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Effect of T68A/N126Y mutations on the conformational and ligand binding landscape of Coxsackievirus B3 3C protease.

Bhakat, Soumendranath LU (2015) In Molecular BioSystems 11(8). p.2303-2311
Abstract
3C protease of Coxsackievirus B3 (CVB3) plays an essential role in the viral replication cycle, and therefore, emerged as an attractive therapeutic target for the treatment of human diseases caused by CVB3 infection. In this study, we report the first account of the molecular impact of the T68A/N126Y double mutant (MutantBound) using an integrated computational approach. Molecular dynamics simulation and post-dynamics binding free energy, principal component analysis (PCA), hydrogen bond occupancy, SASA, Rg and RMSF confirm that T68A/N126Y instigated an increased conformational flexibility due to the loss of intra- and inter-molecular hydrogen bond interactions and other prominent binding forces, which led to a decreased protease grip on... (More)
3C protease of Coxsackievirus B3 (CVB3) plays an essential role in the viral replication cycle, and therefore, emerged as an attractive therapeutic target for the treatment of human diseases caused by CVB3 infection. In this study, we report the first account of the molecular impact of the T68A/N126Y double mutant (MutantBound) using an integrated computational approach. Molecular dynamics simulation and post-dynamics binding free energy, principal component analysis (PCA), hydrogen bond occupancy, SASA, Rg and RMSF confirm that T68A/N126Y instigated an increased conformational flexibility due to the loss of intra- and inter-molecular hydrogen bond interactions and other prominent binding forces, which led to a decreased protease grip on the ligand (). The double mutations triggered a distortion orientation of in the active site and decreases the binding energy, ΔGbind (∼3 kcal mol(-1)), compared to the wild type (WildBound). The van der Waals and electrostatic energy contributions coming from residues 68 and 126 are lower for MutantBound when compared with WildBound. In addition, variation in the overall enzyme motion as evident from the PCA, distorted hydrogen bonding network and loss of protein-ligand interactions resulted in a loss of inhibitor efficiency. The comprehensive molecular insight gained from this study should be of great importance in understanding the drug resistance against CVB3 3C protease; also, it will assist in the designing of novel Coxsackievirus B3 inhibitors with high ligand efficacy on resistant strains. (Less)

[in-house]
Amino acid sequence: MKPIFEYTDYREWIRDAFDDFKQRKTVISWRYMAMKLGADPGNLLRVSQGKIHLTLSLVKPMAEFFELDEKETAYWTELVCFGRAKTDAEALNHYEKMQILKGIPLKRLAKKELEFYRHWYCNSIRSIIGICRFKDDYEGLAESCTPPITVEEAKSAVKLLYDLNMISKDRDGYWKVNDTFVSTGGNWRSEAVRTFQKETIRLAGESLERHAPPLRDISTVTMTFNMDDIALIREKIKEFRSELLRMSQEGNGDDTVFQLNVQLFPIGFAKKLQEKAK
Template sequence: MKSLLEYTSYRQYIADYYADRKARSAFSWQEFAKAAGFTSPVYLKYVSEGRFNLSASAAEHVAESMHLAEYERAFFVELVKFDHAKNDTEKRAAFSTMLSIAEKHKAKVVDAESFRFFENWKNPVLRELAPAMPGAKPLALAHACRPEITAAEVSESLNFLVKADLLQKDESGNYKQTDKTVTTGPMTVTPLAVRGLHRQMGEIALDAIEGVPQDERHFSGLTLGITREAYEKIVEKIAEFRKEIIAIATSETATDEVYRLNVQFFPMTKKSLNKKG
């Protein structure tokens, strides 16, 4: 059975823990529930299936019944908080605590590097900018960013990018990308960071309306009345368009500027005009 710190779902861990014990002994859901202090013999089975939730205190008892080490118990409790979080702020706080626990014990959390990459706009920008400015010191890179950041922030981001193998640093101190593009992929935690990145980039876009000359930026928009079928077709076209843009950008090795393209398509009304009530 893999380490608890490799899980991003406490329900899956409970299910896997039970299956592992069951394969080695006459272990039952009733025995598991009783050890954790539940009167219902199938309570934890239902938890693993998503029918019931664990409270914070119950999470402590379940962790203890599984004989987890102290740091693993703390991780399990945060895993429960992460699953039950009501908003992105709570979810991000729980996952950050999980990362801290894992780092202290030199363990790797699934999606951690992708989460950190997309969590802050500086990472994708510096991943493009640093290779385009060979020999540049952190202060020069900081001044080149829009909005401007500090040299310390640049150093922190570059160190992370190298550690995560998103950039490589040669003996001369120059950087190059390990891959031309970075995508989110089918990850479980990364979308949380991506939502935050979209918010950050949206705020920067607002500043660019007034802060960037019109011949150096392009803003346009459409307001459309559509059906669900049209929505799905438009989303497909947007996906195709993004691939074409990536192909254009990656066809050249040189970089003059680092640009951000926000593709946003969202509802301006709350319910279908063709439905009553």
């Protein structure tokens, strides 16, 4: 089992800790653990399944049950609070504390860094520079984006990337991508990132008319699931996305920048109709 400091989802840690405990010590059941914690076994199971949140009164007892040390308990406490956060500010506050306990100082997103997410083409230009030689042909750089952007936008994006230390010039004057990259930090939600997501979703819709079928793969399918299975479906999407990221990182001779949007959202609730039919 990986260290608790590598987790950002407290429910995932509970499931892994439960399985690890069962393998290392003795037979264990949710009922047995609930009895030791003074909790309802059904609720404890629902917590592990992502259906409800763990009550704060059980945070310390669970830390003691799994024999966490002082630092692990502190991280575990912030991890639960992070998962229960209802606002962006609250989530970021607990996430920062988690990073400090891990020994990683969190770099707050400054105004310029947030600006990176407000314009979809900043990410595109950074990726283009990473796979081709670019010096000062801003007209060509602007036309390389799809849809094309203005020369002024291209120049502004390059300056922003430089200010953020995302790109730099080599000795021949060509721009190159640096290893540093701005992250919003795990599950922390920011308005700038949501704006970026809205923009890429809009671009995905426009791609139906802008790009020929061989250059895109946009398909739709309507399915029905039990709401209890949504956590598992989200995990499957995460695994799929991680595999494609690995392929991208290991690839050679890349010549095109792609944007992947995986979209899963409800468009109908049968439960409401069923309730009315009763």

Please use this url to cite or link to this publication:
author
organization
publishing date
type
Contribution to journal
publication status
published
subject
in
Molecular BioSystems
volume
11
issue
8
pages
2303 - 2311
publisher
Royal Society of Chemistry
external identifiers
  • pmid:26077945
  • wos:000358024000021
  • scopus:84953638639
ISSN
1742-2051
DOI
10.1039/c5mb00262a
language
English
LU publication?
yes
id
86999620-ebf5-4309-87f5-1d0b7f8db64b (old id 7485853)
date added to LUP
2015-07-09 13:02:33
date last changed
2017-08-27 03:26:26
@article{86999620-ebf5-4309-87f5-1d0b7f8db64b,
  abstract     = {3C protease of Coxsackievirus B3 (CVB3) plays an essential role in the viral replication cycle, and therefore, emerged as an attractive therapeutic target for the treatment of human diseases caused by CVB3 infection. In this study, we report the first account of the molecular impact of the T68A/N126Y double mutant (MutantBound) using an integrated computational approach. Molecular dynamics simulation and post-dynamics binding free energy, principal component analysis (PCA), hydrogen bond occupancy, SASA, Rg and RMSF confirm that T68A/N126Y instigated an increased conformational flexibility due to the loss of intra- and inter-molecular hydrogen bond interactions and other prominent binding forces, which led to a decreased protease grip on the ligand (). The double mutations triggered a distortion orientation of in the active site and decreases the binding energy, ΔGbind (∼3 kcal mol(-1)), compared to the wild type (WildBound). The van der Waals and electrostatic energy contributions coming from residues 68 and 126 are lower for MutantBound when compared with WildBound. In addition, variation in the overall enzyme motion as evident from the PCA, distorted hydrogen bonding network and loss of protein-ligand interactions resulted in a loss of inhibitor efficiency. The comprehensive molecular insight gained from this study should be of great importance in understanding the drug resistance against CVB3 3C protease; also, it will assist in the designing of novel Coxsackievirus B3 inhibitors with high ligand efficacy on resistant strains.},
  author       = {Bhakat, Soumendranath},
  issn         = {1742-2051},
  language     = {eng},
  number       = {8},
  pages        = {2303--2311},
  publisher    = {Royal Society of Chemistry},
  series       = {Molecular BioSystems},
  title        = {Effect of T68A/N126Y mutations on the conformational and ligand binding landscape of Coxsackievirus B3 3C protease.},
  url          = {http://dx.doi.org/10.1039/c5mb00262a},
  volume       = {11},
  year         = {2015},
}